Fracture and delamination of elastic thin films on compliant substrates : modeling and simulations

Mei, Haixia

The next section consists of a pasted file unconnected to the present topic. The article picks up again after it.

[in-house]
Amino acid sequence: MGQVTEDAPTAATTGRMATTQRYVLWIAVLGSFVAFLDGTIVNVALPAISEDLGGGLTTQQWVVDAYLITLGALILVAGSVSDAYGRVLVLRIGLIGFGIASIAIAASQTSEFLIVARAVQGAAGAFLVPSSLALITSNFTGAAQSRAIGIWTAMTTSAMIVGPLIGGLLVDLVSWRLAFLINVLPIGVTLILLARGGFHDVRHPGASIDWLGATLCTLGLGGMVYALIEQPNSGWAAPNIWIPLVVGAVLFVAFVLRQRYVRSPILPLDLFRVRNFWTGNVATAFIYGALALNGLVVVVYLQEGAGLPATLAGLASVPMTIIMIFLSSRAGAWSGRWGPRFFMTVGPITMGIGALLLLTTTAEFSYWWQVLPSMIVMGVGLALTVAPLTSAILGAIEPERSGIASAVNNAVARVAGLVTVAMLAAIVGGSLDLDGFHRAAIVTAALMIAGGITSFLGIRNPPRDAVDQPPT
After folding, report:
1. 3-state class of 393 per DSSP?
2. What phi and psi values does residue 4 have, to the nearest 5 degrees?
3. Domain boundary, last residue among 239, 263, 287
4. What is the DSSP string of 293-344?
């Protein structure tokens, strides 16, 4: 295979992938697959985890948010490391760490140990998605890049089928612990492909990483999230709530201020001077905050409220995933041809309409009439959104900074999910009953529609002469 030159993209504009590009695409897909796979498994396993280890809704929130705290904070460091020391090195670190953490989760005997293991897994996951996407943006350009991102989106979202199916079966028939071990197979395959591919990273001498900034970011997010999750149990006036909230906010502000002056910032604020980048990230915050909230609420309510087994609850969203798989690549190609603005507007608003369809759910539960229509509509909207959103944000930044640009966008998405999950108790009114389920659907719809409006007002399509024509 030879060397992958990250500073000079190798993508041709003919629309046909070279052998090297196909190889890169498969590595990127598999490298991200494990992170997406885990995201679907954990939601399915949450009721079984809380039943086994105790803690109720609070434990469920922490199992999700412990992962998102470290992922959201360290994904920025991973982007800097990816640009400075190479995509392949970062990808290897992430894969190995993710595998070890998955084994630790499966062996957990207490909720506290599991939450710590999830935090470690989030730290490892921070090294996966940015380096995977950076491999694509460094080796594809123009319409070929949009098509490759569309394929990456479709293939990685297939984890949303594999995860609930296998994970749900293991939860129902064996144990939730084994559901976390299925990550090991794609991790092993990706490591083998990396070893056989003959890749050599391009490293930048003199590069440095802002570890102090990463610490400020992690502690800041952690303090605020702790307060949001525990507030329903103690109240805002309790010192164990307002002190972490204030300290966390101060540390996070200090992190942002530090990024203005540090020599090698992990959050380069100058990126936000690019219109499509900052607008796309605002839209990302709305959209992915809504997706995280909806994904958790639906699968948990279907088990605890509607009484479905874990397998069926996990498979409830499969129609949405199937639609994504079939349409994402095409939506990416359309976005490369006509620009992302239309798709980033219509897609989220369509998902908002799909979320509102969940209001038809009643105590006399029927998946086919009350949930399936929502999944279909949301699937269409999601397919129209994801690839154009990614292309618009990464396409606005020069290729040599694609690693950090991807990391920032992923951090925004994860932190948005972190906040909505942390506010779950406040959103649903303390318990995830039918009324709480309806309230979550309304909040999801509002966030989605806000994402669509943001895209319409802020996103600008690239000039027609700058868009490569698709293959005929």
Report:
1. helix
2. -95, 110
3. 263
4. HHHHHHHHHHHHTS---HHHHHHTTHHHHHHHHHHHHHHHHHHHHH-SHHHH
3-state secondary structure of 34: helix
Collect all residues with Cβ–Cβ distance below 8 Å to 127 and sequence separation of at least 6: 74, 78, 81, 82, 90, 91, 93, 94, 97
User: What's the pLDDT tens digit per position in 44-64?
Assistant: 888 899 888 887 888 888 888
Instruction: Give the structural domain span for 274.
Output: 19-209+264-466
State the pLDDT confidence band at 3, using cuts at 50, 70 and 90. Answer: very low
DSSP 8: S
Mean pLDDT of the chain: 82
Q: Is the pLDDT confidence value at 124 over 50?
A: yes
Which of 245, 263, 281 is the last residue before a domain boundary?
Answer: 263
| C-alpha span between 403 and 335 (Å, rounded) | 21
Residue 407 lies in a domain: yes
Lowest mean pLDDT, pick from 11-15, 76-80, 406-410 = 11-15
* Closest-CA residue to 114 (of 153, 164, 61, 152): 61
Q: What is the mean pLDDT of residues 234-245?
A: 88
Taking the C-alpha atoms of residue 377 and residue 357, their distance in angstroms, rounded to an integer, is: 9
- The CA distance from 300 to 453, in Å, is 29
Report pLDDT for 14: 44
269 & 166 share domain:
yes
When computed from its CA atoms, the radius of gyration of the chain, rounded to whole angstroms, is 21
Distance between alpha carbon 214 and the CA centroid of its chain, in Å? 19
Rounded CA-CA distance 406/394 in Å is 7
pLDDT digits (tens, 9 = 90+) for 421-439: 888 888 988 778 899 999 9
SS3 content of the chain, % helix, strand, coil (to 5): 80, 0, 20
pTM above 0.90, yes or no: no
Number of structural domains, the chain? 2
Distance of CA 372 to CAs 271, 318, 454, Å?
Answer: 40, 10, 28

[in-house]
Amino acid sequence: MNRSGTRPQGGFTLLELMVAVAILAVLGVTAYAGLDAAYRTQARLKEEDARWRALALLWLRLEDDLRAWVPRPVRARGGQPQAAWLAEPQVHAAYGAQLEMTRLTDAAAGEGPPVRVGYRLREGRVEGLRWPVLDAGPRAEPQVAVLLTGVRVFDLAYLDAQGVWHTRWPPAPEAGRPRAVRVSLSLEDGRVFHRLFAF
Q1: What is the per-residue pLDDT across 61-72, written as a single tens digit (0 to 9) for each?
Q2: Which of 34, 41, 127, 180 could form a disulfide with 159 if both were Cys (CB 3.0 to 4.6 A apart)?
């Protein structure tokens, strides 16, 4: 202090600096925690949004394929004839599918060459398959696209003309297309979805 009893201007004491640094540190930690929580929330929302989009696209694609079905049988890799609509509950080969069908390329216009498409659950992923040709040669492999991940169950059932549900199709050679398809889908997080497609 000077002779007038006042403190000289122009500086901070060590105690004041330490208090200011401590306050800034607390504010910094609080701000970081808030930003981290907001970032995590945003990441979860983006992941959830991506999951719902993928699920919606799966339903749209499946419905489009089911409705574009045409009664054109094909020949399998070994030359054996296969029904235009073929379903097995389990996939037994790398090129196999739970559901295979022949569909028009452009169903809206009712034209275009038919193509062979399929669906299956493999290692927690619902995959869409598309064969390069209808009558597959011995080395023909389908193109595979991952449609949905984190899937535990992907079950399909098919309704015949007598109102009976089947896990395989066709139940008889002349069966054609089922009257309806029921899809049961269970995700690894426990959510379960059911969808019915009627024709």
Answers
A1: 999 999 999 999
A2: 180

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Different fracture modes have been observed in thin film structures. One common approach used in fracture analysis is based on the principle of linear elastic fracture mechanics (LEFM), which assumes pre-existing cracks and treats the materials as linear elastic except for the damage zone around the crack tip. Alternatively, a nonlinear cohesive zone model (CZM) can be used to simulate both nucleation and growth of cracks. In this dissertation, the approaches of LEFM and CZM are employed to study fracture and delamination of elastic thin films on compliant substrates under various loading conditions. First, compression-induced buckling of elastic thin films on elastic compliant substrates is studied by analytical and numerical methods. The critical condition for onset of buckling instability without and with a pre-existing delamination crack is predicted. By comparing the critical strains, a map for the initial buckling modes is constructed with respect to the film/substrate stiffness ratio and the interfacial defect size. For an elastic film on a highly compliant substrate, nonlinear post-buckling analysis is conducted to simulate concomitant wrinkling and buckle-delamination, with a long-range interaction between the two buckling modes through the compliant substrate. By using a layer of cohesive elements for the interface, progressive co-evolution of wrinkling and delamination is simulated. In particular, the effects of interfacial properties (strength and toughness) on the initiation and propagation of wrinkle-induced interfacial delamination are examined. Next, using a set of finite element models, the effects of interfacial delamination and substrate penetration on channel cracking of brittle thin films are analyzed. It is found that, depending on the elastic mismatch and the toughness of interface and substrate, a channel crack may grow with interfacial delamination and/or substrate cracking. By comparing the effective energy release rates, the competition between the two fracture modes is discussed. Cohesive zone modeling is then employed to simulate nucleation and growth of delamination and penetration from the root of a channel crack. By comparing the results from the approaches of LEFM and CZM, the characteristic fracture resistance from small-scale bridging to large-scale bridging is identified. Finally, to determine the nonlinear traction-separation relation for cohesive zone modeling of a bimaterial interface, a hybrid approach is developed by combining experimental measurements and finite element simulations. In particular, both analytical and numerical models for wedge-loaded double cantilever beam specimens are developed. A two-step fitting procedure is proposed to determine the interface toughness and strength based on the measurements of the steady-state crack length and the local crack opening displacements.